The news that France has postponed indefinitely the law which says all drivers must have a breathalyser kit in the
car has uncovered a worrying lack of knowledge of European road rules from British travellers, many of whom were unaware of the law anyway.
This latest twist in international driving laws comes not long after the confusion over Florida’s insistence on drivers having and International Driving Permit, a law that was quickly suspended after it was found few were aware of it.
Whilst the change of heart by the French was prompted by the difficulties of enforcing the law, part of which due to ignorance of it by many foreign drivers, it’s highlighted the general or wilful ignorance of many travellers who don’t check up on laws or regulations before travel. Whilst many hope to ‘get away with’ not following the laws, ignorance is no defence and in many countries, quite severe penalties face those who don’t comply.
Drink driving is one of the laws most commonly flouted by holidaymakers who go out for meals and enjoy a couple of beers or a bottle of wine, often ignorant of the legal limits on blood alcohol or the penalties they face if caught or involved in an accident.
In the majority of European countries, one pint of beer can put a man of average build around the blood alcohol limit of 0.05%, depending on its strength and for women or people who are less well built the beer could well put you over the limit. The same applies to two small glasses of wine or two small measures of spirits.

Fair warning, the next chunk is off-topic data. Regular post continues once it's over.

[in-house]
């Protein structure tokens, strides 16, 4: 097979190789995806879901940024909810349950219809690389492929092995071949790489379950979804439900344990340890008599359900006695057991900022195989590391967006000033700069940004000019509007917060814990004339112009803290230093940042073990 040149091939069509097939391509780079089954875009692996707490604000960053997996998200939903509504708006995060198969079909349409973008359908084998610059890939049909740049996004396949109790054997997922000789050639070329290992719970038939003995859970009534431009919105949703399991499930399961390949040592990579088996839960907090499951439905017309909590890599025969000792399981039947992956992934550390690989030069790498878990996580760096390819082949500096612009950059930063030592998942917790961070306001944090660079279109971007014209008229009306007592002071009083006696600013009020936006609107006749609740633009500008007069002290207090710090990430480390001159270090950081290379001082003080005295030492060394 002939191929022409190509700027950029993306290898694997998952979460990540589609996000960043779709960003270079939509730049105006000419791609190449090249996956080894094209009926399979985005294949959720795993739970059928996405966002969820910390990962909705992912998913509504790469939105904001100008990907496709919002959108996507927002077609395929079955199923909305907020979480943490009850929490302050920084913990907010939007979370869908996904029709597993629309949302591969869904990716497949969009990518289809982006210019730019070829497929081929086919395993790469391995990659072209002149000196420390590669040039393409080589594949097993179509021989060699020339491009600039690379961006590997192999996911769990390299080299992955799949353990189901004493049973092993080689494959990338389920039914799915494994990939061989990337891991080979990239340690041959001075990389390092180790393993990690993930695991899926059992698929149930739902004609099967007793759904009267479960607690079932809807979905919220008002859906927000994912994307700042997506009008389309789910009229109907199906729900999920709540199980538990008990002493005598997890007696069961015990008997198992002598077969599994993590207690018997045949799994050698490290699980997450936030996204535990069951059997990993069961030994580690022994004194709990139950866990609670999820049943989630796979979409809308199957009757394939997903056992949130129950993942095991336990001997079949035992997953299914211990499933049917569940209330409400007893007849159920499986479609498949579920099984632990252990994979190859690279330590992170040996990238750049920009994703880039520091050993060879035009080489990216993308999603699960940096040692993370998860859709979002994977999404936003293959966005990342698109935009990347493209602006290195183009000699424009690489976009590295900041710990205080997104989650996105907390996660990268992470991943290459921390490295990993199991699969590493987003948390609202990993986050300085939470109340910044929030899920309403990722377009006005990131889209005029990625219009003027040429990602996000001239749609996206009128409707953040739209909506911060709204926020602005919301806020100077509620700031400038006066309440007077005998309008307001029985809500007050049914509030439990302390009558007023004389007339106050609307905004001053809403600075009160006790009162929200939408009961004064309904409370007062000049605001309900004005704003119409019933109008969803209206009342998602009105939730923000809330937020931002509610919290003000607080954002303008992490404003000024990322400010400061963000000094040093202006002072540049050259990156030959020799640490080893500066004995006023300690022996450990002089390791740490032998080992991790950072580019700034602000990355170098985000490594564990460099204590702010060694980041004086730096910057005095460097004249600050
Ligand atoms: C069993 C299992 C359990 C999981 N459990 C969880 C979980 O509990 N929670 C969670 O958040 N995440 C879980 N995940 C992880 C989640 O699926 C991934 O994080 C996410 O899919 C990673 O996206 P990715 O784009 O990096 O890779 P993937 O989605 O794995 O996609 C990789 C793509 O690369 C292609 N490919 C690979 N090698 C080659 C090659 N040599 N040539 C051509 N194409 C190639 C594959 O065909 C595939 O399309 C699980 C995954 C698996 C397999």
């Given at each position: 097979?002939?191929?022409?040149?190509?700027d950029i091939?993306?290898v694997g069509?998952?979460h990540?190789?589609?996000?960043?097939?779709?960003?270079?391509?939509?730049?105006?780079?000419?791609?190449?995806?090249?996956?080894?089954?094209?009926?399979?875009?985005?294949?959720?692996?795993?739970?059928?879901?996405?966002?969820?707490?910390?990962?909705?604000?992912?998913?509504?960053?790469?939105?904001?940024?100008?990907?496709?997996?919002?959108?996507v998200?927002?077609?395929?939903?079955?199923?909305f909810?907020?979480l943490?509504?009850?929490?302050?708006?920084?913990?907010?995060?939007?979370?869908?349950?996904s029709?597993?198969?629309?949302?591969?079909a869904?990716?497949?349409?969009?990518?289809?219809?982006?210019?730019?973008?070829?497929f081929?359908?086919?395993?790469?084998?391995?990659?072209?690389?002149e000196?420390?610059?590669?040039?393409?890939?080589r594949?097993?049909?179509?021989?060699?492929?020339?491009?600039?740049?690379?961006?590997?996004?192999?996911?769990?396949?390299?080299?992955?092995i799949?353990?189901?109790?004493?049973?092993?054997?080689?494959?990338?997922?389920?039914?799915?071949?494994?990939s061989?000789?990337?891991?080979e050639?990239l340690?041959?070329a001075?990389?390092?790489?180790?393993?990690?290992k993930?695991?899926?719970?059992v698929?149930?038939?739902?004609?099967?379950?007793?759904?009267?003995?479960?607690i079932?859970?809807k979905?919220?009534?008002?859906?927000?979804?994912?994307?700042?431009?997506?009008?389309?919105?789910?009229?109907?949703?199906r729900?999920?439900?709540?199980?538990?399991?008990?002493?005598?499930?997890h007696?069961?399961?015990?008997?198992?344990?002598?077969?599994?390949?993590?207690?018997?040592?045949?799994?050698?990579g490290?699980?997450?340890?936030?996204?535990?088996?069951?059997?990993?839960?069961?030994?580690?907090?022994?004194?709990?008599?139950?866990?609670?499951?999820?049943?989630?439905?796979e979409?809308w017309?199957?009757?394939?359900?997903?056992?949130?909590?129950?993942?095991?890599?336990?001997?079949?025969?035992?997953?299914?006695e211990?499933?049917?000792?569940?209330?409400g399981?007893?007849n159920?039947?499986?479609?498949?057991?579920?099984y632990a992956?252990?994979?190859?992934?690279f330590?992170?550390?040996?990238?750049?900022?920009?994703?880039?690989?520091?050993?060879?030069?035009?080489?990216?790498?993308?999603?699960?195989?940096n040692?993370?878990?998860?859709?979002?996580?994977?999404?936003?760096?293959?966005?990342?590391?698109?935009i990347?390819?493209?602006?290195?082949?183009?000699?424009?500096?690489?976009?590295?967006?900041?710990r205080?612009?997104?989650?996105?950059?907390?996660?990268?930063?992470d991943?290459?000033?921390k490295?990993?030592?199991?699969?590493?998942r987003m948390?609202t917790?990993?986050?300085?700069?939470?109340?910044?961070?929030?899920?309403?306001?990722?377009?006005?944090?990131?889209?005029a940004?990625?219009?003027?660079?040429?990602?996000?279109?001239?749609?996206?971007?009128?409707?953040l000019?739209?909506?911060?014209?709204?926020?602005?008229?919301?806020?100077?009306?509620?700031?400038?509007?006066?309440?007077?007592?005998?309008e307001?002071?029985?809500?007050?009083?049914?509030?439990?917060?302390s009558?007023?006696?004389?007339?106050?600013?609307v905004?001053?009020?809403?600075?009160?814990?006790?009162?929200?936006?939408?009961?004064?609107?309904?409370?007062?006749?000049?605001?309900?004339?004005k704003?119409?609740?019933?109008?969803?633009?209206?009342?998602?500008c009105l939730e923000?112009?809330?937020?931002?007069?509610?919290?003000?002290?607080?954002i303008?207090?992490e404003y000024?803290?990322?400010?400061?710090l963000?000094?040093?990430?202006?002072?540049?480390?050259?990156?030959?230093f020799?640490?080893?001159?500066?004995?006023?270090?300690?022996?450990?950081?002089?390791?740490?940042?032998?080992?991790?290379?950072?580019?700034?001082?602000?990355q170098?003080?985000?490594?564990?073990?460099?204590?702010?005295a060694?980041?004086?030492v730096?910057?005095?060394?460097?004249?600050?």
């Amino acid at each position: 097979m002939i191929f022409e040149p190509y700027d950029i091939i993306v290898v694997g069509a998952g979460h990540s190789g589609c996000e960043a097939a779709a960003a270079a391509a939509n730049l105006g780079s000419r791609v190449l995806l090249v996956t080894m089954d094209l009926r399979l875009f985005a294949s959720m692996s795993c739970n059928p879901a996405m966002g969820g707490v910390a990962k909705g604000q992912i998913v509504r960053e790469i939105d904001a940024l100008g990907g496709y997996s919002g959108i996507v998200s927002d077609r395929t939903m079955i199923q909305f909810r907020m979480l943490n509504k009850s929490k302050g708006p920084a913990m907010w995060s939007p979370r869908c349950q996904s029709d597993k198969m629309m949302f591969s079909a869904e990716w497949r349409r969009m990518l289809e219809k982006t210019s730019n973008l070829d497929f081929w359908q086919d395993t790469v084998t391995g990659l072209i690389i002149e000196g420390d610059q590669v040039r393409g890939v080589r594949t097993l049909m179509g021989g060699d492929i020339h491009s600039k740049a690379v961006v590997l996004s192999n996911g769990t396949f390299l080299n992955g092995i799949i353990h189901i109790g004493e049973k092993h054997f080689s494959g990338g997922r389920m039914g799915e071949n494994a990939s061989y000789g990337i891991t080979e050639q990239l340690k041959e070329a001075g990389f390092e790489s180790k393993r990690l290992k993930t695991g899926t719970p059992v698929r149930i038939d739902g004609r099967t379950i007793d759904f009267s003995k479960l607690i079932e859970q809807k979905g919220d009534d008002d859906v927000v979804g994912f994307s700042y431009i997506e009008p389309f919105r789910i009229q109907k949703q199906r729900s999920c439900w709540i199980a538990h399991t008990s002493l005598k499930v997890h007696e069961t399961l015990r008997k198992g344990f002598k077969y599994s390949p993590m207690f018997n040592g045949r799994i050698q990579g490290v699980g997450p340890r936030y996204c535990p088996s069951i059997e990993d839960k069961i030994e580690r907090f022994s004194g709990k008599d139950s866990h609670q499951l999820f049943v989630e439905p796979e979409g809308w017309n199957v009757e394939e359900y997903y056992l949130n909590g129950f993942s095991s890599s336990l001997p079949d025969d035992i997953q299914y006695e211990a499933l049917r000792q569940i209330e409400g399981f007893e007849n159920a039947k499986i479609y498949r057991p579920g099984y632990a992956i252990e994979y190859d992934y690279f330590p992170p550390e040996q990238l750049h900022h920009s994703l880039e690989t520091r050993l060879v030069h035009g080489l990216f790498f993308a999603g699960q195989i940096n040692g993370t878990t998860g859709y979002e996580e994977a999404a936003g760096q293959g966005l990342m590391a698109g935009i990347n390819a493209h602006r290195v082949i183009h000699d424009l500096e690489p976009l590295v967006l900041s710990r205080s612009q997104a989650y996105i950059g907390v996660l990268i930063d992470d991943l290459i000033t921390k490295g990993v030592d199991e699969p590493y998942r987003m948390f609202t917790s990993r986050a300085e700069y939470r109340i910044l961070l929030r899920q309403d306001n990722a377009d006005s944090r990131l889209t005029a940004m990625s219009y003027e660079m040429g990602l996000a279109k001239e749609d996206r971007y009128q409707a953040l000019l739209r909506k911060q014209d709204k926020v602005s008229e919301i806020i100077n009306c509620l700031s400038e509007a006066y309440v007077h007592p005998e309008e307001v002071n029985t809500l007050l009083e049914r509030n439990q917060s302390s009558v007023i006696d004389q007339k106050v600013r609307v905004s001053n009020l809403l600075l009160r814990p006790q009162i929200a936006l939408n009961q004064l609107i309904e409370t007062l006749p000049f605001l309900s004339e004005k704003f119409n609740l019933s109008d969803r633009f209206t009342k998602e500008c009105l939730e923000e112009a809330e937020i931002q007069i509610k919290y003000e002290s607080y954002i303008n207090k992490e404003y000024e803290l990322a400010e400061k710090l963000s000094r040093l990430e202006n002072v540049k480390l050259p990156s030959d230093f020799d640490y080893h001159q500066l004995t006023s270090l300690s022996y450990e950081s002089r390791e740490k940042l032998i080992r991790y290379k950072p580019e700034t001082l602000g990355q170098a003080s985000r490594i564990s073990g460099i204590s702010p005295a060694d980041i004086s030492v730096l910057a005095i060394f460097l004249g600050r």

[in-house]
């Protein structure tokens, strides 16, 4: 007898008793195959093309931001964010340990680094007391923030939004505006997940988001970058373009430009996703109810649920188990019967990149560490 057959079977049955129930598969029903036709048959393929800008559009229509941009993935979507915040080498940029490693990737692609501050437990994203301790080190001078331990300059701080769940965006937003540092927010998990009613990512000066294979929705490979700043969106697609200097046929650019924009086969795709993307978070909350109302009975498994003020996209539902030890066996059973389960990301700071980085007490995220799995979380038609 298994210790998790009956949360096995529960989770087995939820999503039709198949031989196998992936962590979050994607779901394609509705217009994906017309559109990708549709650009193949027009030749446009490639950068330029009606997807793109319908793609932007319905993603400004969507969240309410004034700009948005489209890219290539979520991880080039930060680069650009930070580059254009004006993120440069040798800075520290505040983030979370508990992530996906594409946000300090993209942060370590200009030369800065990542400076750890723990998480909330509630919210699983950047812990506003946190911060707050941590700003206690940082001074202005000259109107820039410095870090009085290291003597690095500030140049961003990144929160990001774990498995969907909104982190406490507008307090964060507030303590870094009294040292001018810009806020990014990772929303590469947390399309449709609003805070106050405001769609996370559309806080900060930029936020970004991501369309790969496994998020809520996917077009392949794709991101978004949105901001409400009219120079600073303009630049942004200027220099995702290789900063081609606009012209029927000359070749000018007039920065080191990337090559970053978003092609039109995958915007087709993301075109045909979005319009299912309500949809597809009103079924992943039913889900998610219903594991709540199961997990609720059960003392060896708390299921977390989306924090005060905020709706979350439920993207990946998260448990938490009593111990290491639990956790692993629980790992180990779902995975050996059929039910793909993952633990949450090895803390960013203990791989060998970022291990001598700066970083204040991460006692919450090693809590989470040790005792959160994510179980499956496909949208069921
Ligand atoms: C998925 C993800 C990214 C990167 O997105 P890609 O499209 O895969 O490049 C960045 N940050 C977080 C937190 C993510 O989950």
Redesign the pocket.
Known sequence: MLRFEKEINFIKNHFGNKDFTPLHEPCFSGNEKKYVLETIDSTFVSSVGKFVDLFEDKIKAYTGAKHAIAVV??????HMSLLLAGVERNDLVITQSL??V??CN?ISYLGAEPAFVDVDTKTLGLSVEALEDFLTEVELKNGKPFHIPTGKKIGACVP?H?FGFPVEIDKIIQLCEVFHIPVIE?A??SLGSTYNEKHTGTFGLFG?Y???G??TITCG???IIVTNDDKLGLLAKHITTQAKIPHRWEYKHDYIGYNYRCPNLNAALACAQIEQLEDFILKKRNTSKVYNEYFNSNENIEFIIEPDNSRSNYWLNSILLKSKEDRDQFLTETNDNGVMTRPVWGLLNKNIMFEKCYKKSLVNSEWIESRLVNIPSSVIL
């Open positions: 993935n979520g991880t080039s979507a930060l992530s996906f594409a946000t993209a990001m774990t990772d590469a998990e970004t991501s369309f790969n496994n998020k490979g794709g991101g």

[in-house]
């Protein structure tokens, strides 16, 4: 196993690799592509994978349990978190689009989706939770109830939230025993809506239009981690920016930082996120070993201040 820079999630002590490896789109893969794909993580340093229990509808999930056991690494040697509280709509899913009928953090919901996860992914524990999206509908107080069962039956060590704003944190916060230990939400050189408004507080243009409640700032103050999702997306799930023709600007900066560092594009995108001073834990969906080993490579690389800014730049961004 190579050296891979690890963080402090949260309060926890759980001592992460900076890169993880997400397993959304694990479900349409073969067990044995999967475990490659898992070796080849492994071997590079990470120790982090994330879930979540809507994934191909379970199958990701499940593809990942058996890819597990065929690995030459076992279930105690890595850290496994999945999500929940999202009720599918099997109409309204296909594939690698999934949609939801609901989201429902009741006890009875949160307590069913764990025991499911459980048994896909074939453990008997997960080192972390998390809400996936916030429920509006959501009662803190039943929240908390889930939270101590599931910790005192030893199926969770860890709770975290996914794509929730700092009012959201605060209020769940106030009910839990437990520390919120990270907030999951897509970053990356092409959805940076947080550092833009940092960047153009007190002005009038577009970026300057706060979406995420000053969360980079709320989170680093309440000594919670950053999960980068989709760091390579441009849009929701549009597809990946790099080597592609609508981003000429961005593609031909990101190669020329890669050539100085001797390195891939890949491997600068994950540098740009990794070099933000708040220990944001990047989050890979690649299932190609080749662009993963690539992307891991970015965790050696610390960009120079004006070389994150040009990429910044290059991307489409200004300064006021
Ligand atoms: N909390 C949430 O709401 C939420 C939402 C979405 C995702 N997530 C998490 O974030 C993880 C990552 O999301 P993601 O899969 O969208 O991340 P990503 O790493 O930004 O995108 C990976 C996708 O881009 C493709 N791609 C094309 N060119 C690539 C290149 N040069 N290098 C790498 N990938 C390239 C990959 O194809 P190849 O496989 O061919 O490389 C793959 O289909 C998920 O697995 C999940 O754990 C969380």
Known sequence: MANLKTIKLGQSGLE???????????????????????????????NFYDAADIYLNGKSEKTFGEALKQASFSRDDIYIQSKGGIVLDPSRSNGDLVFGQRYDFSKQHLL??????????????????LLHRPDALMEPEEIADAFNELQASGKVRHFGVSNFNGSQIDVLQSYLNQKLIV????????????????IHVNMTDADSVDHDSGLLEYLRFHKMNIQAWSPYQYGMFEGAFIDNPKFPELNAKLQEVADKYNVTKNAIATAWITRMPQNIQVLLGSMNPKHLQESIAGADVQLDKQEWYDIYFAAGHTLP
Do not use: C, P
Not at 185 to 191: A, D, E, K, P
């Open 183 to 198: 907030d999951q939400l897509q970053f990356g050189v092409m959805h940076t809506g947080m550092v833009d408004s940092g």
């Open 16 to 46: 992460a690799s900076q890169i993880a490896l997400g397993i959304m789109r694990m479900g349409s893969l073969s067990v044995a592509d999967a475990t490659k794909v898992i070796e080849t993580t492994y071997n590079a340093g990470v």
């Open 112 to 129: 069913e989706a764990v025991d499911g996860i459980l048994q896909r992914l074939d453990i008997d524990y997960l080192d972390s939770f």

However, a number of European countries have lower limits where a single small glass of wine or half a pint of beer can put you over and in these countries, it’s almost certainly best not to drink at all. These include the Baltic States and Sweden
. Others are even more extreme and allow no alcohol when driving so avoid it in countries which include the Czech Republic
whilst others reduce the alcohol levels depending on the experience of the driver including Slovenia
and the Netherlands
Penalties can be severe with Sweden imposing a six month jail sentence for breaking the law and in Denmark; a variable length of prison sentence can apply.
UK drivers, whilst thinking they are often harshly treated under drink driving laws have some of the most lenient in Europe, another factor that leads to problems when driving abroad.
The sensible advice for all though is to have an appointed driver who will stick to soft drinks or take a taxi or walk!